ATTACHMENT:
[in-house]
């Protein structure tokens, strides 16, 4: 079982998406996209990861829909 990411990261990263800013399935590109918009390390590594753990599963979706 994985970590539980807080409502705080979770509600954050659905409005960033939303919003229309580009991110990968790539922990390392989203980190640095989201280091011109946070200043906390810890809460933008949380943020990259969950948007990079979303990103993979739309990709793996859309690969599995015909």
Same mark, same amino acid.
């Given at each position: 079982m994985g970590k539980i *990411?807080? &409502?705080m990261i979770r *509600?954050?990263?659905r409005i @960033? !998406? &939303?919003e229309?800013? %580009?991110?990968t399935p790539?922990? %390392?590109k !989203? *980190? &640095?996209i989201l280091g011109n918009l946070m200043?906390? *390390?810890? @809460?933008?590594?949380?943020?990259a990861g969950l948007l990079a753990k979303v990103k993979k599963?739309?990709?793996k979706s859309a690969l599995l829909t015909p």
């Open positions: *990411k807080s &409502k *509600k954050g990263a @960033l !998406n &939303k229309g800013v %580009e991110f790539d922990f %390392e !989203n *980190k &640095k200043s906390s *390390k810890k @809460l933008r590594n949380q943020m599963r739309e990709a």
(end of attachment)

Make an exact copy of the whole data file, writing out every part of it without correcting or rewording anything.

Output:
[in-house]
């Protein structure tokens, strides 16, 4: 079982998406996209990861829909 990411990261990263800013399935590109918009390390590594753990599963979706 994985970590539980807080409502705080979770509600954050659905409005960033939303919003229309580009991110990968790539922990390392989203980190640095989201280091011109946070200043906390810890809460933008949380943020990259969950948007990079979303990103993979739309990709793996859309690969599995015909």
Same mark, same amino acid.
């Given at each position: 079982m994985g970590k539980i *990411?807080? &409502?705080m990261i979770r *509600?954050?990263?659905r409005i @960033? !998406? &939303?919003e229309?800013? %580009?991110?990968t399935p790539?922990? %390392?590109k !989203? *980190? &640095?996209i989201l280091g011109n918009l946070m200043?906390? *390390?810890? @809460?933008?590594?949380?943020?990259a990861g969950l948007l990079a753990k979303v990103k993979k599963?739309?990709?793996k979706s859309a690969l599995l829909t015909p």
């Open positions: *990411k807080s &409502k *509600k954050g990263a @960033l !998406n &939303k229309g800013v %580009e991110f790539d922990f %390392e !989203n *980190k &640095k200043s906390s *390390k810890k @809460l933008r590594n949380q943020m599963r739309e990709a």